India has a total of 236 GI products and Tamil Nadu comes first for the number of GI tags on its products, while Uttar Pradesh comes second. Darjeeling Tea was the first Indian product to get a Geographic Indication in the early 2000’s. Geographical Indications (GI) have become a matter of pride for the state, as well as the country. So what it is a Geographical Indication and how do these numbers add up?
As a member of the World Trade Organisation, India brought into effect the Geographical Indication of Goods Act in 1999. This was essentially defined as “A sign used on products that have a specific geographical origin and possess certain qualities due to that origin”. The GI sign protects these products from being duplicated, thus assuring customers the quality that the product brings. Geographical Indications for products also enables the world to recognise these unique products, boost the tourism and trade for the country and the state, thus becoming a cultural and economic pride.
Tamil Nadu tops the list of local products that have been earmarked for GI. The state has submitted 50 products of which 24 have been approved by the registry. The most famous among these would be the Kanchipuram silk. The town of Kanchipuram believes its weavers are descendents of Sage Markands, the master weaver of Gods, and true to the tale, the saris stand out in their resplendence. Other textiles from Tamil Nadu to get the GI sign include Salem Silk, Kovai Cora Cotton and Arani silk. The hand-woven Madurai Sungudi is famed for its natural dyes and dotted patterns. It is the first product from the town of Madurai to get the GI tag, but it is closely followed by the Madurai Malli. The malli or jasmine from Madurai is in demand across the world for its seductive fragrance, from which branded perfumes are formulated.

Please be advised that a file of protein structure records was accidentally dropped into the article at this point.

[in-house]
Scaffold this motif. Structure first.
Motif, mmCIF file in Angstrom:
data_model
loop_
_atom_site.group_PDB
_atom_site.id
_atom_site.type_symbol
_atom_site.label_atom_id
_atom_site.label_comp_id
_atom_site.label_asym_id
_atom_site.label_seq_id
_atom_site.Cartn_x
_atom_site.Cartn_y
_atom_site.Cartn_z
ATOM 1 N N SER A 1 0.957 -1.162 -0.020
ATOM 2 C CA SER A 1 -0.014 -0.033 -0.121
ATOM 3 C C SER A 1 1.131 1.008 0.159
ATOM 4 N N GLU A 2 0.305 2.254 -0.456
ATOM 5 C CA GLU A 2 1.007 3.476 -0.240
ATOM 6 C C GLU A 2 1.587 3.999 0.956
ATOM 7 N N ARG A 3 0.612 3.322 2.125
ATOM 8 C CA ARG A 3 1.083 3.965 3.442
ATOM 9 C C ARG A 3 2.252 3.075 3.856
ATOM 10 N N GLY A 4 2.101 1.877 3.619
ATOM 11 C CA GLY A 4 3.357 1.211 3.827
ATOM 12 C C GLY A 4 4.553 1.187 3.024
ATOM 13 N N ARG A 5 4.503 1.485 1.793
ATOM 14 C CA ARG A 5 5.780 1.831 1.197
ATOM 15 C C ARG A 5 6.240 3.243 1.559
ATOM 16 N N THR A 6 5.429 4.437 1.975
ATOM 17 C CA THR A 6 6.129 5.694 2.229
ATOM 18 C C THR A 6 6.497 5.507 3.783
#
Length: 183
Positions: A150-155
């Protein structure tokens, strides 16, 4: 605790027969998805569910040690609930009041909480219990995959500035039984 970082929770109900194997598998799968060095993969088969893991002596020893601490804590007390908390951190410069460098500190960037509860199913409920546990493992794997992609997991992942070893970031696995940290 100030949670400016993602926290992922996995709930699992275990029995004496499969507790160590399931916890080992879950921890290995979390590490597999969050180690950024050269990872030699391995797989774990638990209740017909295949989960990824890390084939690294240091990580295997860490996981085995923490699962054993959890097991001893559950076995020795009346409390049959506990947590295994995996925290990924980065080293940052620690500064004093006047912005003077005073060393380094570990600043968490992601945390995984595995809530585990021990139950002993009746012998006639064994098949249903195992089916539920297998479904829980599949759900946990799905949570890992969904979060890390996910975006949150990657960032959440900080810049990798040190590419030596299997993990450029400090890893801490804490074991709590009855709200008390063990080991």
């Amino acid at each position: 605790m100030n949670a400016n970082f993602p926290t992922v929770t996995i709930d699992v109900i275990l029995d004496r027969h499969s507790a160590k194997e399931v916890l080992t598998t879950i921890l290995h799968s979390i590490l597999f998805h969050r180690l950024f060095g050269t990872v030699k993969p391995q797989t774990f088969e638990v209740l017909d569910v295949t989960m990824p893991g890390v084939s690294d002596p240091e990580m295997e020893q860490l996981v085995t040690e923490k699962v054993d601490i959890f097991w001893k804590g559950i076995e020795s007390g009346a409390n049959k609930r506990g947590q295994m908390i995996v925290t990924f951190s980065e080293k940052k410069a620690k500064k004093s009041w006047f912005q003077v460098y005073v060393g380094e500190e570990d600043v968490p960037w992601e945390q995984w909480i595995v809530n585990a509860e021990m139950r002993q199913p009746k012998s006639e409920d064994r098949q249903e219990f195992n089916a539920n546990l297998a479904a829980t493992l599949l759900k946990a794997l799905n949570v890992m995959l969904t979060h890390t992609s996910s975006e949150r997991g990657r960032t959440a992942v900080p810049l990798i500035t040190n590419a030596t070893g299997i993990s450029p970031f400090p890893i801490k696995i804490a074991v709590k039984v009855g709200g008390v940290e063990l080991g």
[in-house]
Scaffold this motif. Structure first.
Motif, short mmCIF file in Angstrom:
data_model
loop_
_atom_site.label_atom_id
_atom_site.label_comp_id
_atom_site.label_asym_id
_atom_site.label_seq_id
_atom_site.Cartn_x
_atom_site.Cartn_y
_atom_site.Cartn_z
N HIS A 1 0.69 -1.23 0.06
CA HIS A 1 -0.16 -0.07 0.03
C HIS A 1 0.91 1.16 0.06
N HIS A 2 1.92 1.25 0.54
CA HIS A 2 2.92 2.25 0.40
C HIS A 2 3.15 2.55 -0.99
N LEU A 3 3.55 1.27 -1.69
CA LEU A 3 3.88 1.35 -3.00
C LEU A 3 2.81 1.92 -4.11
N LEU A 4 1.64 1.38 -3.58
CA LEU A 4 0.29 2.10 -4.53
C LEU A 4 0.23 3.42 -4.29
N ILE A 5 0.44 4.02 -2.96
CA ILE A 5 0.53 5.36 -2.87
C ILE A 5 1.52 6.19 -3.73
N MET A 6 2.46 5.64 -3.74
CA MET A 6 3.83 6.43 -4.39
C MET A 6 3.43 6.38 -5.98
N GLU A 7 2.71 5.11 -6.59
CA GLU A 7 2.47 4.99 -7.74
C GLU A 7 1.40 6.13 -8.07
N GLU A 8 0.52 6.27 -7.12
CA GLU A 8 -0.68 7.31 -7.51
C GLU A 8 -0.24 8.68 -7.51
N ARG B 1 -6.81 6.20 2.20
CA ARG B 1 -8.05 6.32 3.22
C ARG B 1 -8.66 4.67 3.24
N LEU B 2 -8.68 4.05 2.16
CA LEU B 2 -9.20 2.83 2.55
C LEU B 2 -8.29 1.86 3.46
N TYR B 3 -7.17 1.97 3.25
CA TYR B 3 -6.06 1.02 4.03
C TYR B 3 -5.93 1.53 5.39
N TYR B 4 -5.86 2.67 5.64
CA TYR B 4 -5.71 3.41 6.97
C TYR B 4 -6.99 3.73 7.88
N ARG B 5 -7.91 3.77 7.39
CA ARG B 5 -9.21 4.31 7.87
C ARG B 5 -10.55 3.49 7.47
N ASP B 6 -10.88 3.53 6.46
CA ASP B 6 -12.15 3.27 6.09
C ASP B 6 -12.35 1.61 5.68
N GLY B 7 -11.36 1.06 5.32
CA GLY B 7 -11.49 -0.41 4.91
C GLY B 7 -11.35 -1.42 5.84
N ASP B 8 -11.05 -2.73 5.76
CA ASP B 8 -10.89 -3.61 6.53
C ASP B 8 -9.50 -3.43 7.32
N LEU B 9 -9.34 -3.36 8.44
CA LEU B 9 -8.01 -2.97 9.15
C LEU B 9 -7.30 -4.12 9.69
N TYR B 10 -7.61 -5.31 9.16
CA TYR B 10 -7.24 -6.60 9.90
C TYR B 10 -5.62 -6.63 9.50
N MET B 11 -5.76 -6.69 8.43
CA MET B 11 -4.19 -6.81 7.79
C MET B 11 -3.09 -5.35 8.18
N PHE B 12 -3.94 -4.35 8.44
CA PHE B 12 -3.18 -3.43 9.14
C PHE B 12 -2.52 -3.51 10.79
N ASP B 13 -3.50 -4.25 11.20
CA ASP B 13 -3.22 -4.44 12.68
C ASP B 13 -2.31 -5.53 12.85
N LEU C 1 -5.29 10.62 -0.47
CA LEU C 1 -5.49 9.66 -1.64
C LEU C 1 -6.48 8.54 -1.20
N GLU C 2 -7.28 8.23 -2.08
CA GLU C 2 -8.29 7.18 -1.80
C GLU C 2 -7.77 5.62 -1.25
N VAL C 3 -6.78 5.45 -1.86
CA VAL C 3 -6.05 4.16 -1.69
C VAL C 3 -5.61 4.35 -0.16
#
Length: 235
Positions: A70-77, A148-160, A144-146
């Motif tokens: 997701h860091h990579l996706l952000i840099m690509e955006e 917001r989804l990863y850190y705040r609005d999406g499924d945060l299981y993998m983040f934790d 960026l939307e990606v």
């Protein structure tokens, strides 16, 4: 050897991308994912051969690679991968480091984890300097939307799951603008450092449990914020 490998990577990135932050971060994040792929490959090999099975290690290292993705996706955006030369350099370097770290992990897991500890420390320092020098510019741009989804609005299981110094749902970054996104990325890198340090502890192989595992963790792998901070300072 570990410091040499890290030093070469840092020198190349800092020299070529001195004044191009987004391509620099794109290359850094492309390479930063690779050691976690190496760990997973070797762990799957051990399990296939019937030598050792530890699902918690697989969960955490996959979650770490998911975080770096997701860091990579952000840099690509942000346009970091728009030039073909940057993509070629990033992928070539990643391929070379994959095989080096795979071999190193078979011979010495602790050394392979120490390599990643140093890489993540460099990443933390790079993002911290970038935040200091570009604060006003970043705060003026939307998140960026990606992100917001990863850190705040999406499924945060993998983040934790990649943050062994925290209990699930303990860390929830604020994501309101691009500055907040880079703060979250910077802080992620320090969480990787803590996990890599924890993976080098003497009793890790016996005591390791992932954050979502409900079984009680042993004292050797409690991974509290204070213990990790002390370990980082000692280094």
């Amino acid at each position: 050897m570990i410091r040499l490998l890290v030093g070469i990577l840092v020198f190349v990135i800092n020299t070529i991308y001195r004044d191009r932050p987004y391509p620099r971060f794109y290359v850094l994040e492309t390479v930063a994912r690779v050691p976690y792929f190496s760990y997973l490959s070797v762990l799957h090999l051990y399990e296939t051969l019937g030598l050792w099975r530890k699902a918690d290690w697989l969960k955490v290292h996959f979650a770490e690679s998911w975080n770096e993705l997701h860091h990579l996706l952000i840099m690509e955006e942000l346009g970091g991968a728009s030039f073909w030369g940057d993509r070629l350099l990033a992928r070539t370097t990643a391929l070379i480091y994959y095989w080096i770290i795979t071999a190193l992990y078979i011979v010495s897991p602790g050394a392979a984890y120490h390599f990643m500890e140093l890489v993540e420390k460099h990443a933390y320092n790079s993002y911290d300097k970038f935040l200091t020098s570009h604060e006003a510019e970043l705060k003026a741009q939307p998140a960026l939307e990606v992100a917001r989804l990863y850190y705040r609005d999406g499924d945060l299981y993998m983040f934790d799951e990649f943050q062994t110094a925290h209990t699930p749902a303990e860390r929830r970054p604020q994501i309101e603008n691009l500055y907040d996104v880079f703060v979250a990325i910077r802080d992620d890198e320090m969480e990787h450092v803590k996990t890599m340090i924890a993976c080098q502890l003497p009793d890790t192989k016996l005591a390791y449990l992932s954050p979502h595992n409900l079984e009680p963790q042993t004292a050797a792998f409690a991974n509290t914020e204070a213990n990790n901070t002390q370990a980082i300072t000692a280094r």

A very unique product that is probably the only one of its type to get the GI tag is the Coimbatore wet grinder. An indigenous product of the city, this grinder’s matchless design helps millions across the country grind batter for their favourite idli and dosa. Moving away from food to culture, Indian dancers often get envious looks at their stone studded jewellery. The men behind the glitter are the artisans of Vadasery in Nagercoil district, who have for centuries made dazzling jewellery of a unique kind for temple Gods across South India. Nagercoil temple jewellery as it is called has earned itself the well deserved GI tag. Talking of dancers, the Tanjavur Dancing Doll is a study in not just arts, but science as well. This GI doll is made of terracotta, in such proportions that when shaken, the doll dances and comes back to its original state always, thanks to centre of gravity.
Be it a brilliant weaving technique, a sumptuous traditional dish, or nature’s own flora, India has a rich tradition to preserve. In a world driven by patents and copyrights, Geographical Indications are a boon to protect India’s rich cultural and natural resources.